Tell us please about a process of creation of “Lovecraft’s Dream” – how long did you work with that compositions? And do you feel that you have finally completely fulfilled dreams of Lovecraft in your music?
Don’t you see composing of such album as a challenge? Funeral doom is one of more or less restricted genre, stories of Lovecraft are on of most famous source of inspiration in underground…
Reverend John Hex: Any album I work on is challenging in its own way, I put a lot of thought into my guitar work, and hope the listener will be influenced by it. Funeral Doom is a special genre ranging from its cosmic vastness to its wondrous abyss, there are no limits to where you can go, and the atmosphere’s you can create. To me the music itself is the source of inspiration, as the music is always created first and then the lyrics fall into place to complete the song. While I cannot speak for the whole underground, I would agree with you Lovecraft is a famous source of inspiration, as it is very apparent with Innzmouth, I am just happy to be doing my part musically and help push horror forward however I can.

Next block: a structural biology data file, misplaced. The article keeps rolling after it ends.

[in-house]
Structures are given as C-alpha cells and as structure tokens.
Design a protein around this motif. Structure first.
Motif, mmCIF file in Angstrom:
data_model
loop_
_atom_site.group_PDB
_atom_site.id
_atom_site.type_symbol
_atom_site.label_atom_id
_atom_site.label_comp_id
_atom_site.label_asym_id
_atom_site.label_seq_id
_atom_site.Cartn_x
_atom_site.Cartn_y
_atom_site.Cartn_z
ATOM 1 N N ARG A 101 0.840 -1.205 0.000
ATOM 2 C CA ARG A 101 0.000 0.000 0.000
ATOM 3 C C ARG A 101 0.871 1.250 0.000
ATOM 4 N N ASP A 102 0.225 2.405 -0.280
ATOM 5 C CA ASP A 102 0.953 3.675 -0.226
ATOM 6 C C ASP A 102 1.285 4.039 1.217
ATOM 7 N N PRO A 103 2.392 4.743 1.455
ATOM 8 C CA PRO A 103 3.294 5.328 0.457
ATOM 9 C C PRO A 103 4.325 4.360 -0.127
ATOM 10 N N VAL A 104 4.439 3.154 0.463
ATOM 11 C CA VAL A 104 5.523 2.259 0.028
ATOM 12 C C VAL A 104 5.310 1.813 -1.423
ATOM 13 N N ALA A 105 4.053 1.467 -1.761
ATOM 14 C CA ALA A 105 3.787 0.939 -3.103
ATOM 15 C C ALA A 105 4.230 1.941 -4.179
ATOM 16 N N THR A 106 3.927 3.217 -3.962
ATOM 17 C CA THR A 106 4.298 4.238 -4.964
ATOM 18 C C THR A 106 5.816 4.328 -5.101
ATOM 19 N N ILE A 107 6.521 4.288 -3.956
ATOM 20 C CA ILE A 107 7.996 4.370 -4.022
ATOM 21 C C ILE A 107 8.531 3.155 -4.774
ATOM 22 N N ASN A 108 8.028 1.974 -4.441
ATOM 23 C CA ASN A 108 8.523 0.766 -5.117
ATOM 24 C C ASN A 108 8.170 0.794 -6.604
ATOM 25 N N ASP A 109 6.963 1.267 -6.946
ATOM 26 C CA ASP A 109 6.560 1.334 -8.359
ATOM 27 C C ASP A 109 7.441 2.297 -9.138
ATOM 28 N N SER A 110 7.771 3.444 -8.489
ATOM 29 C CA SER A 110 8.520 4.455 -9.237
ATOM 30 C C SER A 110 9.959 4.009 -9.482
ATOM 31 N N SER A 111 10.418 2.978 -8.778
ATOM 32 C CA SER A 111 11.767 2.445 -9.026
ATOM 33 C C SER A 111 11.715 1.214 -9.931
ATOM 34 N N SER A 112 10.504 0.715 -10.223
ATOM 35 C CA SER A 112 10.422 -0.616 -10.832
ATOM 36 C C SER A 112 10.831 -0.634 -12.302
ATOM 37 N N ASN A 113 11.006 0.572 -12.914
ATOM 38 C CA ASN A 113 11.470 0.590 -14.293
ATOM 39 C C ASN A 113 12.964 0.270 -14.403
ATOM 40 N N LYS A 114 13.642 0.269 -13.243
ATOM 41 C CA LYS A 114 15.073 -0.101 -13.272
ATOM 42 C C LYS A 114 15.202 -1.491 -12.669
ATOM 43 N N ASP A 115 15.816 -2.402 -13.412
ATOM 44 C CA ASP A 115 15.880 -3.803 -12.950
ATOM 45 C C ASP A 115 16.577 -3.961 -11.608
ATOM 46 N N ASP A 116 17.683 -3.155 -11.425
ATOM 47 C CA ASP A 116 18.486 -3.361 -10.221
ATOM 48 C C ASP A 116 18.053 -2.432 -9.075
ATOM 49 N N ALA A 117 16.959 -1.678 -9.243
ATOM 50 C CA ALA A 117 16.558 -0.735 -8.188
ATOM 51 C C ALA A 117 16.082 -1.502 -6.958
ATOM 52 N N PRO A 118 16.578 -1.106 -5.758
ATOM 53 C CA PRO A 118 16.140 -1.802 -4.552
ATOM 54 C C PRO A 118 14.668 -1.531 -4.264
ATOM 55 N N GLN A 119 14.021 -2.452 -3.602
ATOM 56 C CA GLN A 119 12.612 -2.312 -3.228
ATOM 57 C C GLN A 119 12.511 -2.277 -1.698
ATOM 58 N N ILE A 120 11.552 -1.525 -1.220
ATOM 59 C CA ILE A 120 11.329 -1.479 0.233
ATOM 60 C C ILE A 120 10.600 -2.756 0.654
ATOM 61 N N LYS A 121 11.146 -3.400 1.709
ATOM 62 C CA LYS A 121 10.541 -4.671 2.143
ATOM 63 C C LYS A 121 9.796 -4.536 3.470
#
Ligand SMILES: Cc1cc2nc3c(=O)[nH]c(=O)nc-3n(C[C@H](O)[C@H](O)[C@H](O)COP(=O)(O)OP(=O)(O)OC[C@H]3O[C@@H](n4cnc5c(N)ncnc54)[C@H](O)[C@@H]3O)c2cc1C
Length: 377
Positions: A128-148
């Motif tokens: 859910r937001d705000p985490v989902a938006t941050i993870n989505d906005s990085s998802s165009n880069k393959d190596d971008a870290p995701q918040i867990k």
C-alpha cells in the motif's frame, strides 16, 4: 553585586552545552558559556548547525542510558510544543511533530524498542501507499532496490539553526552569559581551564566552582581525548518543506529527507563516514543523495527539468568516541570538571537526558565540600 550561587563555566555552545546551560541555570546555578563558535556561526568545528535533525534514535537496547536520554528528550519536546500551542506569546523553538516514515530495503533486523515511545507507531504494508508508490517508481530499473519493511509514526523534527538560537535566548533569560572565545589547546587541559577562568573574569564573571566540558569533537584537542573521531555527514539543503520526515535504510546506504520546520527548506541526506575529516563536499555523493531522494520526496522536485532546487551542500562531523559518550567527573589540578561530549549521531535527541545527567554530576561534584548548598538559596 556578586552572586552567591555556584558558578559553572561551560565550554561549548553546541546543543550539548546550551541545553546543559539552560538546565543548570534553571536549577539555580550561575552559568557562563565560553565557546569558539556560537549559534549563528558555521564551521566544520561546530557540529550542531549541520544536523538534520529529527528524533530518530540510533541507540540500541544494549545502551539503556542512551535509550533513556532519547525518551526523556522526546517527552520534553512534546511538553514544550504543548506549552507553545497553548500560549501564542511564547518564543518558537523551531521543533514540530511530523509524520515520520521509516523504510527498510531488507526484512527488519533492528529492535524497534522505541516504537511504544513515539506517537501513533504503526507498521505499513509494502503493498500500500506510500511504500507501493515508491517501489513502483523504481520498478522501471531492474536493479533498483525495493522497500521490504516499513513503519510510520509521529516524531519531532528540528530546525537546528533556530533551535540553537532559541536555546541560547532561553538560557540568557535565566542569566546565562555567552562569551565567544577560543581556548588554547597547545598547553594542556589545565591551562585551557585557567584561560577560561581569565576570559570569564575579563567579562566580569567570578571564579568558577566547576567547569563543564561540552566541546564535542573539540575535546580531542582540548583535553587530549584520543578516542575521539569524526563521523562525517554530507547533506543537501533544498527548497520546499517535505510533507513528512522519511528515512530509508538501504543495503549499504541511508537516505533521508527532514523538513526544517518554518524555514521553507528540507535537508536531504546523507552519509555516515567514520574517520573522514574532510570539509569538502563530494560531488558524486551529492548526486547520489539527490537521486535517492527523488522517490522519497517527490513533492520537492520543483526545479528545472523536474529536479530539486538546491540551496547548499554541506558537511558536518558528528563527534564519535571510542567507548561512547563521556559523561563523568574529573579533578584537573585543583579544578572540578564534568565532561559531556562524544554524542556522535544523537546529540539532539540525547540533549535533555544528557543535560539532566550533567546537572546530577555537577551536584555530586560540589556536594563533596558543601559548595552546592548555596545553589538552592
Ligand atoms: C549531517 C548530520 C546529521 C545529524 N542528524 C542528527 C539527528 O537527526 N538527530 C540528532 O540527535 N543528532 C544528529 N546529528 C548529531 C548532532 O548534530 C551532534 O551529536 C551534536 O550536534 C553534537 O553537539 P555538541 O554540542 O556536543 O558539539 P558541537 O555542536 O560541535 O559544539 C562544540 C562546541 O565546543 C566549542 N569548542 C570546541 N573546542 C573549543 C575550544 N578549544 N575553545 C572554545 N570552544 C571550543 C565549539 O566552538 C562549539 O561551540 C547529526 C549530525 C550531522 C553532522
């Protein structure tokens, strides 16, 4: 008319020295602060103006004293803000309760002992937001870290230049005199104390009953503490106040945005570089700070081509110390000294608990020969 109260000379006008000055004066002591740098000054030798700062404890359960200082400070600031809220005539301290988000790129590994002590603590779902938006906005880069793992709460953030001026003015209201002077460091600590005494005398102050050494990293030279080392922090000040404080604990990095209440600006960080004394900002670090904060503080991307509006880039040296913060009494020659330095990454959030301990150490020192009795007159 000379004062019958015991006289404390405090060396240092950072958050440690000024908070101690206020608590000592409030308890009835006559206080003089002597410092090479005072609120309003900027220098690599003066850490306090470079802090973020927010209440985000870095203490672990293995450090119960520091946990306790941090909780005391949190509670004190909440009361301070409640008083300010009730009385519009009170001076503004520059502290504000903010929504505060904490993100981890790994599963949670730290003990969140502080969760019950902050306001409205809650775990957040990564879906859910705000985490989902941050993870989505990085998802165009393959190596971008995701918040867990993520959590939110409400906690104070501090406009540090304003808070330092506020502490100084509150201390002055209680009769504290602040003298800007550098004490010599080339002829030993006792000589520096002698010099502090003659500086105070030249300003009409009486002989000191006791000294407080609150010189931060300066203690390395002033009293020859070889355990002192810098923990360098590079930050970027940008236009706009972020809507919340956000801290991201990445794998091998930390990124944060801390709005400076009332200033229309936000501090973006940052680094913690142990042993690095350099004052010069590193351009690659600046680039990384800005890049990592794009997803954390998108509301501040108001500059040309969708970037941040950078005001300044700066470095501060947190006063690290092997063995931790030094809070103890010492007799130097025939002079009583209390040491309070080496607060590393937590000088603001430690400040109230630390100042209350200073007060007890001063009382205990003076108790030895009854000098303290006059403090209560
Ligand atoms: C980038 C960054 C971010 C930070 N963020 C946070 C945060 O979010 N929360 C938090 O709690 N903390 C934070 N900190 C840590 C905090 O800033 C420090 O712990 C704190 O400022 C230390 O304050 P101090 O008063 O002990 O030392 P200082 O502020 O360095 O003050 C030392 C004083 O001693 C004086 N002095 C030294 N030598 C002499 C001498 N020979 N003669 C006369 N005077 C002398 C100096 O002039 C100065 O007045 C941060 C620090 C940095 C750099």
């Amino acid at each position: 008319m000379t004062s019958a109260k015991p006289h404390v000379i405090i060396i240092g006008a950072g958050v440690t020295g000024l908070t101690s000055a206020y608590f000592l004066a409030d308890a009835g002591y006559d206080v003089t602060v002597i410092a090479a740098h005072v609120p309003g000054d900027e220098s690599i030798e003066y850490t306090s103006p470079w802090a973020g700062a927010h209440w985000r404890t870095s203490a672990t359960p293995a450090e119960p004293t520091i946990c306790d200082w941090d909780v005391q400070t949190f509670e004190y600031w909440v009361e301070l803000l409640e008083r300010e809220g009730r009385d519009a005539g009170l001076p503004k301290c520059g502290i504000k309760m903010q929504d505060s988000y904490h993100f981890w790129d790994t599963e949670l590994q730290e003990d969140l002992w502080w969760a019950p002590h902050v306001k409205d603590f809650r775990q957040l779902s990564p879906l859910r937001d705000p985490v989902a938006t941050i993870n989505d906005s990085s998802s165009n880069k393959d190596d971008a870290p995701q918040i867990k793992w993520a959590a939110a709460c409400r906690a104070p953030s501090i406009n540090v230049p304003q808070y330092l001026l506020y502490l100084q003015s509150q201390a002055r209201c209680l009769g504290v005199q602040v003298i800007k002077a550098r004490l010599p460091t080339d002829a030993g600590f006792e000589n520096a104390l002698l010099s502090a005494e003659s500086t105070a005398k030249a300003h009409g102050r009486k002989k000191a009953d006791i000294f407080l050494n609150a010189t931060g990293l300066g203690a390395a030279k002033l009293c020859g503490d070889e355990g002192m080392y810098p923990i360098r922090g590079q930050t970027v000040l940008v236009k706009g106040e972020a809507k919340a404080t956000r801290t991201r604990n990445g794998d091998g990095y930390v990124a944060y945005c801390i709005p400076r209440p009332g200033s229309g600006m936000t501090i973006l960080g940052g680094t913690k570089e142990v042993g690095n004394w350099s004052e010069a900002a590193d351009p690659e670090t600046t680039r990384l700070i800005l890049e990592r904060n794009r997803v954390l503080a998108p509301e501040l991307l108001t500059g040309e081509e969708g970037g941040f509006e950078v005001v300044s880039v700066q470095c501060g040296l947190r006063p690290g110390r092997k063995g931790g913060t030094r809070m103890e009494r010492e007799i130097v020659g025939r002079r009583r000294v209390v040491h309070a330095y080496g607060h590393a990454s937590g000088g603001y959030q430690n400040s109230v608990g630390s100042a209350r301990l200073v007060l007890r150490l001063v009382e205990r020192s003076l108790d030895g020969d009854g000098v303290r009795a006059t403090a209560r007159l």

What elements do distinguish Innzmouth from other doom bands worshiping Lovecraftian Old Ones?
Reverend John Hex: You have Daemon from Syria, and me from the USA, thats an interesting combination there in itself. Two different unique styles blending a tapestry of darkness together to bring you these literary tales of the Old Ones. You could consider us an international Lovecraft funeral doom band, I would say that makes us pretty unique, and stand out from the rest.
Daemon please tell us about underground scene in Syria – do you have some kind of community there? Does your music have listeners in your country?
Daemon: There are some bands out there trying to do their best, but to be honest I don’t really care about the scene or whatever and yes, my music have listeners in my land.
Do you plan to continue work with Innzmouth in a future?